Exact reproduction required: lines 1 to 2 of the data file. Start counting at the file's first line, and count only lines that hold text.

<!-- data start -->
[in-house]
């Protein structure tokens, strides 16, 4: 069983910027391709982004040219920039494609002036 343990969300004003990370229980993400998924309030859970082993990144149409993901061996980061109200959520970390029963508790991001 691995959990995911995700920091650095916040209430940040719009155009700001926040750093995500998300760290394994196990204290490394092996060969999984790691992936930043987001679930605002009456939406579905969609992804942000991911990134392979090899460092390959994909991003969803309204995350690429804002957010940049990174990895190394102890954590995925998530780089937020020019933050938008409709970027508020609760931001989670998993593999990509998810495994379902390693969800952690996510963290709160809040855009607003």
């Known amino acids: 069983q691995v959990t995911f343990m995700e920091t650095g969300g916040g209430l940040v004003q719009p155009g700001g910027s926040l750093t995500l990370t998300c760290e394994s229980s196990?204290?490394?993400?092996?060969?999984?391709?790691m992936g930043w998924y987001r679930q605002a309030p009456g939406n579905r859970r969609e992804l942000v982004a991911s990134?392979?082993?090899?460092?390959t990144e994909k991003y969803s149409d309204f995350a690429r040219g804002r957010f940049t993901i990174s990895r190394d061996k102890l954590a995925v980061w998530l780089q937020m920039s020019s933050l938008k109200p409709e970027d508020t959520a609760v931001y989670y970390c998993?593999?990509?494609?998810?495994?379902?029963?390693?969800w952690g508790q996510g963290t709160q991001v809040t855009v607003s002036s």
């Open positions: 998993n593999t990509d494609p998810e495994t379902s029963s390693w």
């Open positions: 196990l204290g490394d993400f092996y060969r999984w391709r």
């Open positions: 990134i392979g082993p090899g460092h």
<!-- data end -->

[in-house]
């Protein structure tokens, strides 16, 4: 069983910027391709982004040219920039494609002036 343990969300004003990370229980993400998924309030859970082993990144149409993901061996980061109200959520970390029963508790991001 691995959990995911995700920091650095916040209430940040719009155009700001926040750093995500998300760290394994196990204290490394092996060969999984790691992936930043987001679930605002009456939406579905969609992804942000991911990134392979090899460092390959994909991003969803309204995350690429804002957010940049990174990895190394102890954590995925998530780089937020020019933050938008409709970027508020609760931001989670998993593999990509998810495994379902390693969800952690996510963290709160809040855009607003």